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What is something you did that increased your quality of life so much that you wished you would have done it much sooner because it changed your life forever?

We asked our regular contributors through e-mail What is something you did that increased your quality of life so much that you wished you would have done it much sooner because it changed your life forever? We got many interesting responses. Here are some of them. We have just copied and pasted their responses, not editing them in any way.

1. Learning to always keep my keys in the same place.

– sumpuran

2. If someone asks me to do something and it will take me 5 minutes or less to do it, I’ll do it immediately. It doesn’t sound like a lot, but I never realized how much stuff I put off until later and then promptly forgot about. Also, once you’ve done one 5 minute task, it’s easier to just go and do the next. I became much more productive and saved myself a lot of time and effort at the same time.

– m4t3u5LP

3. As a kid, I read books all the time. Then I quit for some reason. Got married, had kids, started a business. Never any time for reading. Last year, at 45, I started reading books again. What a fool I was to ever stop.

– chel8

4. Honestly shaving my head. As someone who started losing hair at age 20, had the old monk bald spot by 23, and horseshoe by 25, it took me until 29 to say I’m shaving. I have a lot more confidence and have gotten compliments because of it.

– UndercoverMongoose

5. I had a decayed wisdom tooth with an exposed nerve, and I lived with it for ten years, when I didn’t have dental or disposable income.

My life changed the day I had it pulled. If there’s something wrong with your teeth, find a way to get it taken care of. I spent a decade in pain whenever I drank something cold or chewed on the left side of my mouth, and I could have had it corrected much sooner if I’d had my act together.

– dottmatrix

6. Applying for a job I didn’t think I was qualified for. It doubled my salary and let me move to a place I’d only ever dreamed of living in.

– toujourspret

7. Working out and eating right.

– yillian

8. 6 years ago I decided to never be late to anything ever again. My whole life up until that point I was always late to everything, school, birthdays etc. Anyway, making sure I’m on time saves me a lot of trouble and a lot of stress and anxiety. Also, everyone I know (who has noticed it) really appreciate it. Being on time for plans shows that you care about people and that they are important to you.

– Bcause789

9. Making decisions based on what I really want, not on what I think others want or expect of me.

It was always so easy to put others’ needs first because it meant that I never had to take the trouble to figure out what I really wanted, or to negotiate with others to get it. Just go along with everyone else, that’s easy and makes you likable. But it doesn’t make you happy, because it means your needs are often not being met.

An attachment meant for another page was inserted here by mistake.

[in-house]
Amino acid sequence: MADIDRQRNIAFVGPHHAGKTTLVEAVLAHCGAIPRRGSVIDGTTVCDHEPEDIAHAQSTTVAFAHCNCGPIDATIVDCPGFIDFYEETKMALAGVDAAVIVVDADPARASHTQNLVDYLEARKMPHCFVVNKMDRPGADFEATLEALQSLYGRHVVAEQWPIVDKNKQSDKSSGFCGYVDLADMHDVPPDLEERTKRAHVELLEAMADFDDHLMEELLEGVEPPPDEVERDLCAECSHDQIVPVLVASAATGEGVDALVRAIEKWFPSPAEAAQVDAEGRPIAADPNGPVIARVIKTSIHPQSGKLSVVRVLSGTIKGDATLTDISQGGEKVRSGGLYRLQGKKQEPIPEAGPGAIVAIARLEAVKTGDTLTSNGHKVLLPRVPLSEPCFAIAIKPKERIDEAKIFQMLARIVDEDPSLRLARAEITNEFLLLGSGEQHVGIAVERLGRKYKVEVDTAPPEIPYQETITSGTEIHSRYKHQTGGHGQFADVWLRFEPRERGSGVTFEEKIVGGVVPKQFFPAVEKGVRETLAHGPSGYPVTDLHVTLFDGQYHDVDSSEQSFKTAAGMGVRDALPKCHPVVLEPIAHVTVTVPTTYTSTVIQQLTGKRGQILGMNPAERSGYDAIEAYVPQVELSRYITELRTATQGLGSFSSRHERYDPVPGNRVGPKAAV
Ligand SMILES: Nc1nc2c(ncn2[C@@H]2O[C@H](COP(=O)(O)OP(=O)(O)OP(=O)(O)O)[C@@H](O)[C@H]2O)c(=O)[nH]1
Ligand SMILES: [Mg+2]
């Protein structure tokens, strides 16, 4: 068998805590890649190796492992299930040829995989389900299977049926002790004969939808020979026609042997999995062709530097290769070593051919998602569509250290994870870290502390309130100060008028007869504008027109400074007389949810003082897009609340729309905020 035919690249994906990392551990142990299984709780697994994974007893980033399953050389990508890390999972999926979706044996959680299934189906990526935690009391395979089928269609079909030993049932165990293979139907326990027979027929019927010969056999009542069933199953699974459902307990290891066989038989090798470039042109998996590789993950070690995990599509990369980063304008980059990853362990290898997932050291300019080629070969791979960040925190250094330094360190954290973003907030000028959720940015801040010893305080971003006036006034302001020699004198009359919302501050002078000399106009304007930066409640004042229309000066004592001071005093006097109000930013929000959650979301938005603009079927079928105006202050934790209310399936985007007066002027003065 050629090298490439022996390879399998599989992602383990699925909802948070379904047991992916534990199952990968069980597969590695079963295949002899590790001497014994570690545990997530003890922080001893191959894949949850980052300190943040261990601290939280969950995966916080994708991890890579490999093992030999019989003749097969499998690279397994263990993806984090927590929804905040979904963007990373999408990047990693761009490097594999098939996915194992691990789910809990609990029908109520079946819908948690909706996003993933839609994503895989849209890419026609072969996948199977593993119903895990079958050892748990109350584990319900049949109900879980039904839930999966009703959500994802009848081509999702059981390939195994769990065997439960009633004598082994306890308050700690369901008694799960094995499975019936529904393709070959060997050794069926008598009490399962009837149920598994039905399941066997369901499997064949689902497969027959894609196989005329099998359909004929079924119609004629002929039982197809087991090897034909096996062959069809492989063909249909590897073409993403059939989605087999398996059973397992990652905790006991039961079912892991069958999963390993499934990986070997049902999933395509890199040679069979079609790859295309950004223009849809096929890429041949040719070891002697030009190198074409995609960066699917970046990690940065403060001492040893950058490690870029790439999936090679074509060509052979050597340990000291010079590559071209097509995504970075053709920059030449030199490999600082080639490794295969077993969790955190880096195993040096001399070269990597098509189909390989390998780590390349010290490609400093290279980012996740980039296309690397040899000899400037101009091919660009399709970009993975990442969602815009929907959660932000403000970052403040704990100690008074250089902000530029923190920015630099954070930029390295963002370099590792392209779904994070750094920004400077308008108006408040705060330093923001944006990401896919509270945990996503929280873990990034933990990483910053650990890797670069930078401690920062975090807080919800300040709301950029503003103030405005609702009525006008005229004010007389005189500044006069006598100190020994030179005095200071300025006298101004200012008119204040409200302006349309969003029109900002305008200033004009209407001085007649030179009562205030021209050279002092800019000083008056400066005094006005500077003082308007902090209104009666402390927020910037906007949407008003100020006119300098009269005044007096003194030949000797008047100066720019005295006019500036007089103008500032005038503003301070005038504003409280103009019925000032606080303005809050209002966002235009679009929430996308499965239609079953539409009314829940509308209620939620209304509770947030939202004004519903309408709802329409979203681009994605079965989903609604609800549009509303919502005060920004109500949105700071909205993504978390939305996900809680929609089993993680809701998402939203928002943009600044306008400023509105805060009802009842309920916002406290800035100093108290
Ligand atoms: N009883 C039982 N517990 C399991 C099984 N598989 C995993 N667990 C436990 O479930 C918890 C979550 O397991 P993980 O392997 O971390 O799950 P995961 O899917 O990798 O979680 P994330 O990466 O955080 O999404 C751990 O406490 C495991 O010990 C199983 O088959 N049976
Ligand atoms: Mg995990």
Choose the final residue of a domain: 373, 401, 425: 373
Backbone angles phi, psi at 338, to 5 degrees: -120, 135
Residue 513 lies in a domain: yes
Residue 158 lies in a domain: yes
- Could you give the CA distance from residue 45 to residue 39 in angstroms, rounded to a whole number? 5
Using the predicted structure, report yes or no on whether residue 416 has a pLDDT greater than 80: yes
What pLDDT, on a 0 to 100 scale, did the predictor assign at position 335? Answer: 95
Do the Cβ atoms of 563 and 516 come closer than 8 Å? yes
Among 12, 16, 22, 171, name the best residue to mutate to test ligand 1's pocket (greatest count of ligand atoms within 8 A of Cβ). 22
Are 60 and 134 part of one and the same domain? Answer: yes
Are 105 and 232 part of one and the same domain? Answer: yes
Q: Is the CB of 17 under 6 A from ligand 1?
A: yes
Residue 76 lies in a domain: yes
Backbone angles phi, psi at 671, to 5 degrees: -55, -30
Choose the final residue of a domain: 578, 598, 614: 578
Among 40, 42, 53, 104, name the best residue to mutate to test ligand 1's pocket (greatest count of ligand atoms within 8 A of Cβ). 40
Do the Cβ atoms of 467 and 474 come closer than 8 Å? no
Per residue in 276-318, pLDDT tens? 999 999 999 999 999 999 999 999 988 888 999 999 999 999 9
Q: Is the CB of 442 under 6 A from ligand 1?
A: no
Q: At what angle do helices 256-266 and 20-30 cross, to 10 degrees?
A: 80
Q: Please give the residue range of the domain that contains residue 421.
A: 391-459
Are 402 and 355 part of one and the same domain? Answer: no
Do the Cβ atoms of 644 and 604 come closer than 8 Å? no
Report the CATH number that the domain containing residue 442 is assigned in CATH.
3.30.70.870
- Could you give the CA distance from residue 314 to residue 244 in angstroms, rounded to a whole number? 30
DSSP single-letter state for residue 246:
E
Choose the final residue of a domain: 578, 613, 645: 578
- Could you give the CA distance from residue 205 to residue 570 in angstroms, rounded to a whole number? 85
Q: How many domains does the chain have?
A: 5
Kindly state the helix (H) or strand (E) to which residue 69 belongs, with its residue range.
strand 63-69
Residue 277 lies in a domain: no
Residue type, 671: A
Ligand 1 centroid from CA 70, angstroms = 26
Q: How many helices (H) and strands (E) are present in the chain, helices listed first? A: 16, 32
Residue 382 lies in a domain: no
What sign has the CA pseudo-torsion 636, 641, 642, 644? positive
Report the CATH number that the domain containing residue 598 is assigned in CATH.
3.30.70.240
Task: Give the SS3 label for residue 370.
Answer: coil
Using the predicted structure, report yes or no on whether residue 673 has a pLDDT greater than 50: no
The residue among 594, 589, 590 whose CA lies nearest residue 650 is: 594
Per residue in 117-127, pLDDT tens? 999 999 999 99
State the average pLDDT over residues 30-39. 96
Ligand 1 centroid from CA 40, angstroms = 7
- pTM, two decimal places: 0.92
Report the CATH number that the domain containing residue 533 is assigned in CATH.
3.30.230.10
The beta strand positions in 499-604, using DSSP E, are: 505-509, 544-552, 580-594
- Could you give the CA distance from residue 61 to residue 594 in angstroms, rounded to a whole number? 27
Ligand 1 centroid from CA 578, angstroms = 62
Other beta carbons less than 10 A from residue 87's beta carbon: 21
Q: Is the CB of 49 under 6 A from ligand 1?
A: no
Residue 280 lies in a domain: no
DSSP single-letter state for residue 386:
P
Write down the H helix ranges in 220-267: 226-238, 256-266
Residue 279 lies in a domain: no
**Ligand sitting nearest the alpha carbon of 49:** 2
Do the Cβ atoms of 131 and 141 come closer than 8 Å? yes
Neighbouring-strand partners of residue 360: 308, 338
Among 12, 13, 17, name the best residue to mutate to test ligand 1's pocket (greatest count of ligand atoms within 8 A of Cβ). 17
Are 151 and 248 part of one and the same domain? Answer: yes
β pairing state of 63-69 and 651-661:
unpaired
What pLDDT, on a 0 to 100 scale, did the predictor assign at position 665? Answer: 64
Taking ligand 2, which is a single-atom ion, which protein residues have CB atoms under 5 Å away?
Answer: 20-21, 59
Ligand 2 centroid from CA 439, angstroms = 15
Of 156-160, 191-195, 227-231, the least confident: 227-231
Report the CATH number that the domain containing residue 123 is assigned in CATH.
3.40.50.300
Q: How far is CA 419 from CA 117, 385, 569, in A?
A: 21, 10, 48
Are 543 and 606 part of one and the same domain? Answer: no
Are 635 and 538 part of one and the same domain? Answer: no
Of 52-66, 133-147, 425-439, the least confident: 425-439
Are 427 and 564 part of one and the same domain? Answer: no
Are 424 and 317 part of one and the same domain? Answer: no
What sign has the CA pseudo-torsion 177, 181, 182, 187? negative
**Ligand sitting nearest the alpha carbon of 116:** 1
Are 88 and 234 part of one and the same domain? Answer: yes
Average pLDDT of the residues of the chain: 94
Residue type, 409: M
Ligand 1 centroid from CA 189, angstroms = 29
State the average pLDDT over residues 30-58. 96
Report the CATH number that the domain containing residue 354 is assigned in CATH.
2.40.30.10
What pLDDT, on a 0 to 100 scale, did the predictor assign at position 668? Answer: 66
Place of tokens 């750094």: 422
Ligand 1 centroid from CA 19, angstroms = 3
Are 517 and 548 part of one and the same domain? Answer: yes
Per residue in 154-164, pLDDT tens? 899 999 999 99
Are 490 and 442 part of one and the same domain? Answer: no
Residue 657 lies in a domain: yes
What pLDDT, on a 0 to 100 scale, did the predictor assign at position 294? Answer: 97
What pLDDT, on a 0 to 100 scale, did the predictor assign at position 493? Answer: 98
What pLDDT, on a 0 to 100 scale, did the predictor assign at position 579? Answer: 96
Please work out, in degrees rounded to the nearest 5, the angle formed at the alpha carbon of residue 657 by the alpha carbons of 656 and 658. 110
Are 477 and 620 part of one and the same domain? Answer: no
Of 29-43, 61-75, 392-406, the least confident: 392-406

The real turning point for me was the realization that wanting something does not instantly equate to a decision to go out and get it. Verbalising a desire is not tantamount to forcing your will on others. For example, if someone asks you what you wanna eat, instead of saying “oh whatever you want, I don’t mind”, there’s nothing wrong with stating your preference, saying that you’re open to other ideas and entering into a negotiation to find some common ground. People actually appreciate you being clear about what you want, it makes things easier for everyone.

For bigger stuff: once you realize you want something, sit with it for a bit. Then ask yourself: how moral do I think my desire is? Can I proceed without damaging my integrity? What are the practical/other ramifications for myself and others? Can you live with whatever decision you make? If you are missing vital information from others, ask them for it to help you decide.

Most importantly, don’t waste time wondering about whether you’re allowed to want something. You do already, so that’s that. Just acknowledge the desire, then set about deciding whether you‘re going to go out and get it. That way, even if you decide not to, you’ll know what the desire is and why you’re not fulfilling it, rather than shutting it down automatically at the source.

I’m so much happier now!!

– Brentusfirmus

10. Not being afraid to admit when I’m wrong. For years, I was obsessed with being correct about everything. This semester, one of my professors said that it’s okay if we are not experts in the material yet. From then on, I’ve actually been better at admitting when I do not know an answer or saying the wrong answer in class without cringing/hating myself.

– jennifernb24

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